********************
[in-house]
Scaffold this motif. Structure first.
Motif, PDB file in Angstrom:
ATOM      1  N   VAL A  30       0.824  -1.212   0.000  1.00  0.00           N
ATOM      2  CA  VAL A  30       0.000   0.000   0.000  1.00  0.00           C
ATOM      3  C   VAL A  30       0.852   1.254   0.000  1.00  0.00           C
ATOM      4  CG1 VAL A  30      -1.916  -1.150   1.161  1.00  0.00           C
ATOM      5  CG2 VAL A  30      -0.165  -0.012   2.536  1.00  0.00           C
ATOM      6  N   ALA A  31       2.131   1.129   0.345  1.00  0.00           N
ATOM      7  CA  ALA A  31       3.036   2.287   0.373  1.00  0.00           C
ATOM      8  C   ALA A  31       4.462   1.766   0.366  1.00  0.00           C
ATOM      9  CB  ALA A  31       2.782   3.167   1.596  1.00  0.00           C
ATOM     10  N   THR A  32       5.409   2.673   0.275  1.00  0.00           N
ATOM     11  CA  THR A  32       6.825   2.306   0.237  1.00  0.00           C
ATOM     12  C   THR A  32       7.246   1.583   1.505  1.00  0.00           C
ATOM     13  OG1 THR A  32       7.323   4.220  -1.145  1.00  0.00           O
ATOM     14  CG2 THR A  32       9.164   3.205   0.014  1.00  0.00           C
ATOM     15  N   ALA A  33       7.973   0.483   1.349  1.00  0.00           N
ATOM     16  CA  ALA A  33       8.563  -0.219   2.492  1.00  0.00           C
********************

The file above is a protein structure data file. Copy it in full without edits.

[in-house]
Scaffold this motif. Structure first.
Motif, PDB file in Angstrom:
ATOM      1  N   VAL A  30       0.824  -1.212   0.000  1.00  0.00           N
ATOM      2  CA  VAL A  30       0.000   0.000   0.000  1.00  0.00           C
ATOM      3  C   VAL A  30       0.852   1.254   0.000  1.00  0.00           C
ATOM      4  CG1 VAL A  30      -1.916  -1.150   1.161  1.00  0.00           C
ATOM      5  CG2 VAL A  30      -0.165  -0.012   2.536  1.00  0.00           C
ATOM      6  N   ALA A  31       2.131   1.129   0.345  1.00  0.00           N
ATOM      7  CA  ALA A  31       3.036   2.287   0.373  1.00  0.00           C
ATOM      8  C   ALA A  31       4.462   1.766   0.366  1.00  0.00           C
ATOM      9  CB  ALA A  31       2.782   3.167   1.596  1.00  0.00           C
ATOM     10  N   THR A  32       5.409   2.673   0.275  1.00  0.00           N
ATOM     11  CA  THR A  32       6.825   2.306   0.237  1.00  0.00           C
ATOM     12  C   THR A  32       7.246   1.583   1.505  1.00  0.00           C
ATOM     13  OG1 THR A  32       7.323   4.220  -1.145  1.00  0.00           O
ATOM     14  CG2 THR A  32       9.164   3.205   0.014  1.00  0.00           C
ATOM     15  N   ALA A  33       7.973   0.483   1.349  1.00  0.00           N
ATOM     16  CA  ALA A  33       8.563  -0.219   2.492  1.00  0.00           C